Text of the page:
World Purple Day is on March 26. We observe the day by caring for those with epilepsy. The neural condition in the brain causes it to act abnormally. It could result in seizures, unusual sensations and behavior, and sometimes loss of awareness. Epilepsy and related seizures are neurological conditions that can affect anyone. World Purple Day is so named because it is the color of a lavender flower, which is the flower used to symbolize epilepsy. The flower is associated with loneliness and isolation, traits that are linked with epilepsy too. Observe by spending time with people who have epilepsy.
History of World Purple Day
Cassidy Megan, a nine-year-old girl from Canada, started the concept of World Purple Day. She was motivated to create the day due to her struggle with epilepsy. She wished to help raise awareness for people suffering from epilepsy and to ensure that no one affected feels alone. She named her idea after the color of lavender flowers. Lavender is an internationally recognized flower for epilepsy.
In 2009, the New York-based Anita Kaufmann and the Epilepsy Association of Nova Scotia joined forces to launch World Purple Day on the international front. They aimed to bring together organizations, schools, businesses, politicians, and celebrities under one umbrella for the fight against epilepsy. On March 26, 2006, over 100,000 students, 95 workplaces, and 116 politicians participated in World Purple Day. In March 2009, the Anita Kaufmann foundation launched the official U.S. Purple Day party. In March 2012, World Purple Day legally became a day for epilepsy awareness in Canada. In December 2015, electronic retailer Dick Smith arranged a major corporate partnership with Epilepsy Action Australia to support Purple Day in Australia with a $50,000 cash sponsorship in 2016. Later, the retail food group provided a $50,000 donation to match Smith’s previous promised sponsorship.
Anita Kaufmann owns the U.S. trademark for World Purple Day. Supporters of the day are encouraged to wear purple-colored items of clothing. Lavender is the international flower to represent epilepsy and is also a color that symbolizes solitude. The goal of World Purple Day is to increase general public awareness, reduce the social stigma faced by many individuals with the condition, and empower individuals living with epilepsy to take action in their communities.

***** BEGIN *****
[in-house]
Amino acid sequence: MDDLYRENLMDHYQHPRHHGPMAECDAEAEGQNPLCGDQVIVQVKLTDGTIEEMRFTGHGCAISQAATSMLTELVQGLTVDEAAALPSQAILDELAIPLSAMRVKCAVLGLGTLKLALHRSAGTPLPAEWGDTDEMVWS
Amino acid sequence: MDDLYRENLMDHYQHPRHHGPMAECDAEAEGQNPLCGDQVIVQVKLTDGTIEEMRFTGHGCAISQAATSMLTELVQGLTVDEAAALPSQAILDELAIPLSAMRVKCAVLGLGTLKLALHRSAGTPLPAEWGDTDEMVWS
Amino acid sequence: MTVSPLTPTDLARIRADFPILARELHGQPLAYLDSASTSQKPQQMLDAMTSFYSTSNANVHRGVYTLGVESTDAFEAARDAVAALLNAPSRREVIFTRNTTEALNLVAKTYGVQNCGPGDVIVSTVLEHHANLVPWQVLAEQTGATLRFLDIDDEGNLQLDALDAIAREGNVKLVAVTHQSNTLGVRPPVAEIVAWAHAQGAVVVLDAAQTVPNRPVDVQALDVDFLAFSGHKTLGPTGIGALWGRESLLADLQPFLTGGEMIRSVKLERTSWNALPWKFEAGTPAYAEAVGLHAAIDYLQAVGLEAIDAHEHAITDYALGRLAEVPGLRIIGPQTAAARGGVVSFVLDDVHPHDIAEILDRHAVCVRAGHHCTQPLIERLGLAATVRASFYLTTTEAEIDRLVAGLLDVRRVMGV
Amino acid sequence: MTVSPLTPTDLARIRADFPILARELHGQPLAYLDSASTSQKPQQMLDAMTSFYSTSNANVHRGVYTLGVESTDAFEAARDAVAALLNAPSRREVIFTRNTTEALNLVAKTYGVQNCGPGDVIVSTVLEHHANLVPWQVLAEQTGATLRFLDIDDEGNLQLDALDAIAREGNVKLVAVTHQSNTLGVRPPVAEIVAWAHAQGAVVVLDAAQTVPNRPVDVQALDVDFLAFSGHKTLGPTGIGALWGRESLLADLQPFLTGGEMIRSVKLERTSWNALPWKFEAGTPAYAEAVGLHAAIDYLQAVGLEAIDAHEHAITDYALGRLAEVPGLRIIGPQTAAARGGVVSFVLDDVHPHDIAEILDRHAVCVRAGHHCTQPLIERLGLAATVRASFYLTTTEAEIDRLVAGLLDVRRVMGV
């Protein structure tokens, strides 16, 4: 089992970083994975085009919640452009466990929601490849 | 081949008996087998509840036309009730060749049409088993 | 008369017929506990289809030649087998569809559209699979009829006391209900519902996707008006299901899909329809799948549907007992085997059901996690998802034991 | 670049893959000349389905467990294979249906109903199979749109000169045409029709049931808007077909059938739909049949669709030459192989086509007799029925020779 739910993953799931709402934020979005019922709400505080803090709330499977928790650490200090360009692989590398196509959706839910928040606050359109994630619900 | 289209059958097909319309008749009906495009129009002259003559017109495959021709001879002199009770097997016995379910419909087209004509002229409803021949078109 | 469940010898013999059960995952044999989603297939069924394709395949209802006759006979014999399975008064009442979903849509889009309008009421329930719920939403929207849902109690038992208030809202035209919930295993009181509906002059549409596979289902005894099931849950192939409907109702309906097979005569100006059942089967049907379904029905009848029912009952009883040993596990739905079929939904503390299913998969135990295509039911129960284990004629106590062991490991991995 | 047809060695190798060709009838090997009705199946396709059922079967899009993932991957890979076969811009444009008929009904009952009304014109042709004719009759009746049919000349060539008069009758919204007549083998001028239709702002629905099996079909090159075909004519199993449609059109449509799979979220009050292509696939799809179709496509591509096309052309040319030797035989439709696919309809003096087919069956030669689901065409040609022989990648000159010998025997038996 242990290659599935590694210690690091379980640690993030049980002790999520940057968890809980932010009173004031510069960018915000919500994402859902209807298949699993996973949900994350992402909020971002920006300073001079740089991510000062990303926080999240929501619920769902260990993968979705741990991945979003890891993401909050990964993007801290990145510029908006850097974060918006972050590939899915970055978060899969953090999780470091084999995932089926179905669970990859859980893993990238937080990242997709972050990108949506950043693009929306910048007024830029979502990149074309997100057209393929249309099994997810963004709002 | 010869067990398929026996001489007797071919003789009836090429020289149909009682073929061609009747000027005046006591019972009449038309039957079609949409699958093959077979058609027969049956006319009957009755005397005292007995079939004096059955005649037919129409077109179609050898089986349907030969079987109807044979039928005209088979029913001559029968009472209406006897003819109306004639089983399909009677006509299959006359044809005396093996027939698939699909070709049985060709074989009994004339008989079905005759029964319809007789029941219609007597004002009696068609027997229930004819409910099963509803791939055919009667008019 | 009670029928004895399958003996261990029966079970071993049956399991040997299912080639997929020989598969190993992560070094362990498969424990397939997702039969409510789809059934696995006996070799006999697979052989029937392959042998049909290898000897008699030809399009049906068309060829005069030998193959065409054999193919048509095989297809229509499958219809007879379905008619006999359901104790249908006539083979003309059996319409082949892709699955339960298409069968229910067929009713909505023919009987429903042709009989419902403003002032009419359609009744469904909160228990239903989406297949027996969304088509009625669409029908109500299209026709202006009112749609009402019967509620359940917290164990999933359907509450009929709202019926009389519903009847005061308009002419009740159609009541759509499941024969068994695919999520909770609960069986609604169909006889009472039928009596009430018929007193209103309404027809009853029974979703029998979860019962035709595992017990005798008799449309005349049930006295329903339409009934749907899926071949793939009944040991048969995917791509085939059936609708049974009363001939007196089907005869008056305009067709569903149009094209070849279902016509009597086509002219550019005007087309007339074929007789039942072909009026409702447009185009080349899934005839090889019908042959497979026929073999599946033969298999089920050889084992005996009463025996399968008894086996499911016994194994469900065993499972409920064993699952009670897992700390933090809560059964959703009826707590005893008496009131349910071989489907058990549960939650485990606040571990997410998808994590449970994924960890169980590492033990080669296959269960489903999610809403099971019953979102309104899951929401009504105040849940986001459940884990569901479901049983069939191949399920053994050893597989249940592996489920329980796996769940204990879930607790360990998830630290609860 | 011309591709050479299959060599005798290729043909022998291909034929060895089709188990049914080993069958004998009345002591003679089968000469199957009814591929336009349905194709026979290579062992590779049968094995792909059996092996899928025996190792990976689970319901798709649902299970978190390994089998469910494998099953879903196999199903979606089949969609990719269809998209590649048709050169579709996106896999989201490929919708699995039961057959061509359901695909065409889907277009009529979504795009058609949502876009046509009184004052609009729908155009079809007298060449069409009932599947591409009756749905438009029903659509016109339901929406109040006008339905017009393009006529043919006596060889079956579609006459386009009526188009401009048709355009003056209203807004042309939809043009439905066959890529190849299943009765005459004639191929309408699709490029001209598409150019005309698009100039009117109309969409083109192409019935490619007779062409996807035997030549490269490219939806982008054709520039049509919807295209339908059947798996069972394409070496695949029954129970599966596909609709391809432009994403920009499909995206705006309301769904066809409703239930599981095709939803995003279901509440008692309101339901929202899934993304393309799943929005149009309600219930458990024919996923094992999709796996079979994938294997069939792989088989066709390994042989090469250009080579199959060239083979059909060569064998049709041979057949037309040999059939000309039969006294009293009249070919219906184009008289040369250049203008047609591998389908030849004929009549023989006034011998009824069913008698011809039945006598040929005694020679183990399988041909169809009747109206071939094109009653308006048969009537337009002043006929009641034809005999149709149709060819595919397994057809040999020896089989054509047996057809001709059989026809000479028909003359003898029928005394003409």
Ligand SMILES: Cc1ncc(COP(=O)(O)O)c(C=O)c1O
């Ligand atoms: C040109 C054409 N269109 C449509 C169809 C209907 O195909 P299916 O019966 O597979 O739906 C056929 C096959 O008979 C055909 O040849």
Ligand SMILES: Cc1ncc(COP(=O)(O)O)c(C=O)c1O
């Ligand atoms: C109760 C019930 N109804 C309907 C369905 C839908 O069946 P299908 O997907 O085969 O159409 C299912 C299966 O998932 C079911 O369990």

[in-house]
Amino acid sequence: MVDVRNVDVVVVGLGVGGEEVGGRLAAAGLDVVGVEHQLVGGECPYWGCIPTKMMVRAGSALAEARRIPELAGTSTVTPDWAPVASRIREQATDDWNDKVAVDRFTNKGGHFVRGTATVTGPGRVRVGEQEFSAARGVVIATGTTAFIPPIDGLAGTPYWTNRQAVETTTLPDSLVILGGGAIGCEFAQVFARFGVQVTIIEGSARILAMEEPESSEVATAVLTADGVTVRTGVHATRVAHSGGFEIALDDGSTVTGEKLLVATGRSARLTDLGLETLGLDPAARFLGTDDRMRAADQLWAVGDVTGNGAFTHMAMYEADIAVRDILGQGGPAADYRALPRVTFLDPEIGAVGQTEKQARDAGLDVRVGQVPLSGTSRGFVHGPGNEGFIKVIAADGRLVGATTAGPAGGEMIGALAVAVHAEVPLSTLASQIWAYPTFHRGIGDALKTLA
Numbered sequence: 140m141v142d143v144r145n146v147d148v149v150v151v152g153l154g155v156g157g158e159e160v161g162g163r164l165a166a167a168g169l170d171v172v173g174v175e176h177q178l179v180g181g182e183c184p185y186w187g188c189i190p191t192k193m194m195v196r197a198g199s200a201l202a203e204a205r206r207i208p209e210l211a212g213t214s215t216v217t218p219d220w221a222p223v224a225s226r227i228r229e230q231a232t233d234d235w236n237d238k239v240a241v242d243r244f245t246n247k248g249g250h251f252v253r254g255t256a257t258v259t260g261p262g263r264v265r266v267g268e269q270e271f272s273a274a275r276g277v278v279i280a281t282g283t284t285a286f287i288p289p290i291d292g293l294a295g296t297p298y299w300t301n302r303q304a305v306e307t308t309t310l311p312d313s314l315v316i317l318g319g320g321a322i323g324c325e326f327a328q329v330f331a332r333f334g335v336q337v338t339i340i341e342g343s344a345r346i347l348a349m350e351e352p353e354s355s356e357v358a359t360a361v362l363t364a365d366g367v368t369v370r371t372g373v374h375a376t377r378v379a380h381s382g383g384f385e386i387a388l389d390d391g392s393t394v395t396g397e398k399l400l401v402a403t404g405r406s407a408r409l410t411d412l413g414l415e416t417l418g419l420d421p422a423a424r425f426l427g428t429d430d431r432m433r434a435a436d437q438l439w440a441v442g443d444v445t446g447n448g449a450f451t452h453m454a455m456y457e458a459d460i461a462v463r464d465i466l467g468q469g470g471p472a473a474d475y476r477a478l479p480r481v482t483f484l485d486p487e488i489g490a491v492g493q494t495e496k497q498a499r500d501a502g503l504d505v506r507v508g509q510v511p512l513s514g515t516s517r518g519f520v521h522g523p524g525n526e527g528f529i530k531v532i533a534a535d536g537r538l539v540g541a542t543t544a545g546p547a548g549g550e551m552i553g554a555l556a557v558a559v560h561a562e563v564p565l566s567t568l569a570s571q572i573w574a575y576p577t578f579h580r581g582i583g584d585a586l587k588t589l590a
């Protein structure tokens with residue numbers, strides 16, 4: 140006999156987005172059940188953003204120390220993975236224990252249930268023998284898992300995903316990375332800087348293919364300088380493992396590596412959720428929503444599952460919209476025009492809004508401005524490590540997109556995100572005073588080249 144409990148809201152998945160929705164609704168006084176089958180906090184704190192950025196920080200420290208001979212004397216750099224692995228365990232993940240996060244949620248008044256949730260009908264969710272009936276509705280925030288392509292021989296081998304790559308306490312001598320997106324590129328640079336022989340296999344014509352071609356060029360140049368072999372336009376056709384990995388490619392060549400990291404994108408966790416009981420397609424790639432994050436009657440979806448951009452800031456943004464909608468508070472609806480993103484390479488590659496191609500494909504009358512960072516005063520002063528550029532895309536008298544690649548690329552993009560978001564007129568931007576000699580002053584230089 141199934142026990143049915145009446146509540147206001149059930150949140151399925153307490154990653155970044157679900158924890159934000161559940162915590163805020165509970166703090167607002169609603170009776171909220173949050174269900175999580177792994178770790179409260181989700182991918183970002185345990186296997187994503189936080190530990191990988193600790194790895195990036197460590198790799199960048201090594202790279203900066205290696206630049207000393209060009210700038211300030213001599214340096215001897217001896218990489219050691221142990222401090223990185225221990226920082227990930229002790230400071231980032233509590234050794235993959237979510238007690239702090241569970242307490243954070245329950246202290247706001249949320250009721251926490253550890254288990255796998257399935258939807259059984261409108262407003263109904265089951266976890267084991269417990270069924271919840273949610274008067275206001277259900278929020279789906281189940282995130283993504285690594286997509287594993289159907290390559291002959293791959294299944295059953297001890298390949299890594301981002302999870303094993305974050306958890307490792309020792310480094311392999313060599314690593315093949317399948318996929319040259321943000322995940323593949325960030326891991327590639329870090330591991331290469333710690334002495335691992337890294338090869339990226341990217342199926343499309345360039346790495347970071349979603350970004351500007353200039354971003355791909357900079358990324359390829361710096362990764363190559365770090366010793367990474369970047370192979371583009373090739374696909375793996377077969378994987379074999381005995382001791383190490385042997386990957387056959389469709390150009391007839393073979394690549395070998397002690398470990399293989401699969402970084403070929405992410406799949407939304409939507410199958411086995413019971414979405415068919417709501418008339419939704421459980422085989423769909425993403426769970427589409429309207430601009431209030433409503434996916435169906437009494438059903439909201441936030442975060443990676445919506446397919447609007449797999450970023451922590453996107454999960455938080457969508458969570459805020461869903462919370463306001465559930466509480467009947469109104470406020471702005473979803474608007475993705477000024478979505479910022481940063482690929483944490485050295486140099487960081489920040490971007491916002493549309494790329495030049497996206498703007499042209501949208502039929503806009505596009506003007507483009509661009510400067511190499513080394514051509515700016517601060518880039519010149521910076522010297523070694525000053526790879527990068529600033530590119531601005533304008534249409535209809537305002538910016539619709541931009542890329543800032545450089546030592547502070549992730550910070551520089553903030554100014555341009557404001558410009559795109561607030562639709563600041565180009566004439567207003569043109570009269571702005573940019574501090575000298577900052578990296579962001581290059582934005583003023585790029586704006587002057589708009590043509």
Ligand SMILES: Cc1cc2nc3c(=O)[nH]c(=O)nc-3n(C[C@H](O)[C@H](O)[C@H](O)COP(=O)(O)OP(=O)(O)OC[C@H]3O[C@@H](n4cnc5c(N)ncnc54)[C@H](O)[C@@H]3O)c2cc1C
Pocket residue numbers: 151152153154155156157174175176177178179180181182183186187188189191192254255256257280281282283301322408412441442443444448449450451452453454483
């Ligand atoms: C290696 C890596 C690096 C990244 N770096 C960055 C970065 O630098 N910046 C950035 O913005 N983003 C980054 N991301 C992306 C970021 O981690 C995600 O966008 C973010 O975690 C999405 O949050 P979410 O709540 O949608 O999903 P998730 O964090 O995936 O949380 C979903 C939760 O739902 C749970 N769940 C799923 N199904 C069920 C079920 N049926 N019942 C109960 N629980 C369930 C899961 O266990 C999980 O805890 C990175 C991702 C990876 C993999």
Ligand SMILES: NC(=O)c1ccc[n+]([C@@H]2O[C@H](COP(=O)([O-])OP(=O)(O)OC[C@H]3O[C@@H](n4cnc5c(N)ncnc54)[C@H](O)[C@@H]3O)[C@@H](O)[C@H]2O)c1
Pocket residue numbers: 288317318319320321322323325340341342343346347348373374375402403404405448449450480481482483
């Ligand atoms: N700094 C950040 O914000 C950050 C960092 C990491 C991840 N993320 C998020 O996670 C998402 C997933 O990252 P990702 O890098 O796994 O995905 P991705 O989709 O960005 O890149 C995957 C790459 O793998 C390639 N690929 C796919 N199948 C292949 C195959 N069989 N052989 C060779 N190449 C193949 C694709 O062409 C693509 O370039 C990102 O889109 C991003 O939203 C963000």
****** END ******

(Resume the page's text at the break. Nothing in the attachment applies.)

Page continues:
World Purple Day timeline
Records from Mesopotamia document epileptic seizures.
Sir Charles Locock starts using potassium bromide as a treatment for epilepsy.
Heinrich Biltz uses phenobarbital, an effective modern medicine, to treat epilepsy.
The concept of World Purple Day begins with Cassidy Megan.
World Purple Day FAQs
Are you born with epilepsy or does it develop?
Epilepsy can develop at any age to anyone. One in 26 people might develop epilepsy.
Can epilepsy go away?
It is possible, but the probability of seizures stopping altogether is less in adults.
What age group is most affected by epilepsy?
It can begin at any age, from birth to death. But for people above 65 years, the risk is very high.
How to Observe World Purple Day
Wear purple and show your support to the cause of World Purple Day. Try to make the entire day purple-themed.
Share about epilepsy
Share about the dangerous sides of epilepsy. Try to understand people who have epilepsy and let them know that you are there to help in case needed.
Volunteer with epilepsy treatment teams
Some N.G.Os. help people with epilepsy. Try to volunteer for them and help as many people as you can.
5 Facts About Epilepsy That You Should Know
Most common neurological diseases
Epilepsy is a neurological disease with around 50 million people suffering from it worldwide.
Higher in developing and under-developing countries
Developing and underdeveloped countries have 80% of cases reported there.
Higher death rate
People with epilepsy have a three times higher chance of premature death.
Lack of proper treatment
Three-quarters of people living with epilepsy do not get the right treatment.
Hispanic people and epilepsy
People with Hispanic backgrounds have a higher risk of getting epilepsy.
Why World Purple Day is Important
It can spread awareness
The day helps spread awareness about epilepsy. With developments in modern medicine, it is important that people know about epilepsy and get treatment for it as soon as possible.
It brings back hope
Some people lose hope in the fight against epilepsy. This day can make them remember that some people care and that there is still hope.
It’s a reminder to get treatment
People still believe in magic and spirits and diseases caused by spirits. Epilepsy used to be a disease that was believed to be caused by the moon and spirits. This day can spread light on such myths and make people opt for modern treatment options before it is too late.
World Purple Day dates